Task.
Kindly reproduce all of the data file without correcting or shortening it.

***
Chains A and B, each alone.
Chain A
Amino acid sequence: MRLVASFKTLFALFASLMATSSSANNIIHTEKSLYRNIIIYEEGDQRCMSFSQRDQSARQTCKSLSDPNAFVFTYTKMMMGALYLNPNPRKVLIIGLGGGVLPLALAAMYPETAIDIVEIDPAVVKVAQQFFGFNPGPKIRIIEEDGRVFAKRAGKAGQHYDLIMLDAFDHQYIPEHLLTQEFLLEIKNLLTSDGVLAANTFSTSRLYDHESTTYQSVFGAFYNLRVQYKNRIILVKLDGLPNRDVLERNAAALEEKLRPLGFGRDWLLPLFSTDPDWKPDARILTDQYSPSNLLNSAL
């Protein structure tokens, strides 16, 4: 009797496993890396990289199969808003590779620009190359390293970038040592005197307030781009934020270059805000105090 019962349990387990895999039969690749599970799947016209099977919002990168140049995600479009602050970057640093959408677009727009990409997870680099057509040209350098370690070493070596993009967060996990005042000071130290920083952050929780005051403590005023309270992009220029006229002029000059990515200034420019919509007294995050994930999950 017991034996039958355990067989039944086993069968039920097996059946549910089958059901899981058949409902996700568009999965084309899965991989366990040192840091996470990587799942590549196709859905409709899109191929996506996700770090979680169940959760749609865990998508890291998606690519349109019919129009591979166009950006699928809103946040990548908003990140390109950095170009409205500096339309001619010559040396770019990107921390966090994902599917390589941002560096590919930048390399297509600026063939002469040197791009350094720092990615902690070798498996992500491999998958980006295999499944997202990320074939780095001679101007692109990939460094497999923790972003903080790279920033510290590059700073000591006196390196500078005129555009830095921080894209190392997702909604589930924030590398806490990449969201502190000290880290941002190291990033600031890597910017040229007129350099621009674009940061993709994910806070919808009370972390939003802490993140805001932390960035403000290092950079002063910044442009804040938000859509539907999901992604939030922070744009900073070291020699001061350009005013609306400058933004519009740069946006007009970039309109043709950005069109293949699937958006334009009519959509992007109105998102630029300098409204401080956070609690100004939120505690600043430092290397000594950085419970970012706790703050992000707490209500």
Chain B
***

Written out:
Chains A and B, each alone.
Chain A
Amino acid sequence: MRLVASFKTLFALFASLMATSSSANNIIHTEKSLYRNIIIYEEGDQRCMSFSQRDQSARQTCKSLSDPNAFVFTYTKMMMGALYLNPNPRKVLIIGLGGGVLPLALAAMYPETAIDIVEIDPAVVKVAQQFFGFNPGPKIRIIEEDGRVFAKRAGKAGQHYDLIMLDAFDHQYIPEHLLTQEFLLEIKNLLTSDGVLAANTFSTSRLYDHESTTYQSVFGAFYNLRVQYKNRIILVKLDGLPNRDVLERNAAALEEKLRPLGFGRDWLLPLFSTDPDWKPDARILTDQYSPSNLLNSAL
């Protein structure tokens, strides 16, 4: 009797496993890396990289199969808003590779620009190359390293970038040592005197307030781009934020270059805000105090 019962349990387990895999039969690749599970799947016209099977919002990168140049995600479009602050970057640093959408677009727009990409997870680099057509040209350098370690070493070596993009967060996990005042000071130290920083952050929780005051403590005023309270992009220029006229002029000059990515200034420019919509007294995050994930999950 017991034996039958355990067989039944086993069968039920097996059946549910089958059901899981058949409902996700568009999965084309899965991989366990040192840091996470990587799942590549196709859905409709899109191929996506996700770090979680169940959760749609865990998508890291998606690519349109019919129009591979166009950006699928809103946040990548908003990140390109950095170009409205500096339309001619010559040396770019990107921390966090994902599917390589941002560096590919930048390399297509600026063939002469040197791009350094720092990615902690070798498996992500491999998958980006295999499944997202990320074939780095001679101007692109990939460094497999923790972003903080790279920033510290590059700073000591006196390196500078005129555009830095921080894209190392997702909604589930924030590398806490990449969201502190000290880290941002190291990033600031890597910017040229007129350099621009674009940061993709994910806070919808009370972390939003802490993140805001932390960035403000290092950079002063910044442009804040938000859509539907999901992604939030922070744009900073070291020699001061350009005013609306400058933004519009740069946006007009970039309109043709950005069109293949699937958006334009009519959509992007109105998102630029300098409204401080956070609690100004939120505690600043430092290397000594950085419970970012706790703050992000707490209500």
Chain B